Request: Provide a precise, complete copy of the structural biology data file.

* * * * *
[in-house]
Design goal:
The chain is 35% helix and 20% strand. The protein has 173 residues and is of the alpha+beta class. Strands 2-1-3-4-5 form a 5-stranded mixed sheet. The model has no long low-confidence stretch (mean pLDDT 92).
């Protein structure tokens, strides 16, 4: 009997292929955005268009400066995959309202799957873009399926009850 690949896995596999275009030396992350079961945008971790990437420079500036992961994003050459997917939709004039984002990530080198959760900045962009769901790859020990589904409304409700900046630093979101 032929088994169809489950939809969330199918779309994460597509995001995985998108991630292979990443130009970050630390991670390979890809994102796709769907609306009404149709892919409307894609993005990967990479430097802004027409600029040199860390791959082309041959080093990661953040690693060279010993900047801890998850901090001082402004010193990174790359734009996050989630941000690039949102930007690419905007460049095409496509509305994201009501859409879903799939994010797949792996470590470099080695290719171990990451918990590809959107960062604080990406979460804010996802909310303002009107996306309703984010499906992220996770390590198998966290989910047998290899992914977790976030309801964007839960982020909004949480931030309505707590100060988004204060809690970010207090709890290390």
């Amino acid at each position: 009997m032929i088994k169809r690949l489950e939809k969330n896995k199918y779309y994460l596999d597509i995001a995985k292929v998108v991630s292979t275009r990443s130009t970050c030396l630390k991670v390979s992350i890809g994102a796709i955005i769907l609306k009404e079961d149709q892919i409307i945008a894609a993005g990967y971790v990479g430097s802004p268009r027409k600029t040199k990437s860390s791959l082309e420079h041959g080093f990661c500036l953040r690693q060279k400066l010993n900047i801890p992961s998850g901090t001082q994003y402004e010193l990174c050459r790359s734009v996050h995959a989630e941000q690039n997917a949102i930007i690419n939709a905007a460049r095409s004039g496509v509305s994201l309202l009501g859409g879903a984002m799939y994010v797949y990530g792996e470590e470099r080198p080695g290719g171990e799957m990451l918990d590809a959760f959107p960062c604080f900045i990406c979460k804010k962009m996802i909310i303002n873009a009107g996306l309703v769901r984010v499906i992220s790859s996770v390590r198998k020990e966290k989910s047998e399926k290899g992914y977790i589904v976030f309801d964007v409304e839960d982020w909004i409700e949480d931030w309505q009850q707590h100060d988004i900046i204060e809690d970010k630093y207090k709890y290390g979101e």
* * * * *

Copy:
[in-house]
Design goal:
The chain is 35% helix and 20% strand. The protein has 173 residues and is of the alpha+beta class. Strands 2-1-3-4-5 form a 5-stranded mixed sheet. The model has no long low-confidence stretch (mean pLDDT 92).
């Protein structure tokens, strides 16, 4: 009997292929955005268009400066995959309202799957873009399926009850 690949896995596999275009030396992350079961945008971790990437420079500036992961994003050459997917939709004039984002990530080198959760900045962009769901790859020990589904409304409700900046630093979101 032929088994169809489950939809969330199918779309994460597509995001995985998108991630292979990443130009970050630390991670390979890809994102796709769907609306009404149709892919409307894609993005990967990479430097802004027409600029040199860390791959082309041959080093990661953040690693060279010993900047801890998850901090001082402004010193990174790359734009996050989630941000690039949102930007690419905007460049095409496509509305994201009501859409879903799939994010797949792996470590470099080695290719171990990451918990590809959107960062604080990406979460804010996802909310303002009107996306309703984010499906992220996770390590198998966290989910047998290899992914977790976030309801964007839960982020909004949480931030309505707590100060988004204060809690970010207090709890290390």
């Amino acid at each position: 009997m032929i088994k169809r690949l489950e939809k969330n896995k199918y779309y994460l596999d597509i995001a995985k292929v998108v991630s292979t275009r990443s130009t970050c030396l630390k991670v390979s992350i890809g994102a796709i955005i769907l609306k009404e079961d149709q892919i409307i945008a894609a993005g990967y971790v990479g430097s802004p268009r027409k600029t040199k990437s860390s791959l082309e420079h041959g080093f990661c500036l953040r690693q060279k400066l010993n900047i801890p992961s998850g901090t001082q994003y402004e010193l990174c050459r790359s734009v996050h995959a989630e941000q690039n997917a949102i930007i690419n939709a905007a460049r095409s004039g496509v509305s994201l309202l009501g859409g879903a984002m799939y994010v797949y990530g792996e470590e470099r080198p080695g290719g171990e799957m990451l918990d590809a959760f959107p960062c604080f900045i990406c979460k804010k962009m996802i909310i303002n873009a009107g996306l309703v769901r984010v499906i992220s790859s996770v390590r198998k020990e966290k989910s047998e399926k290899g992914y977790i589904v976030f309801d964007v409304e839960d982020w909004i409700e949480d931030w309505q009850q707590h100060d988004i900046i204060e809690d970010k630093y207090k709890y290390g979101e």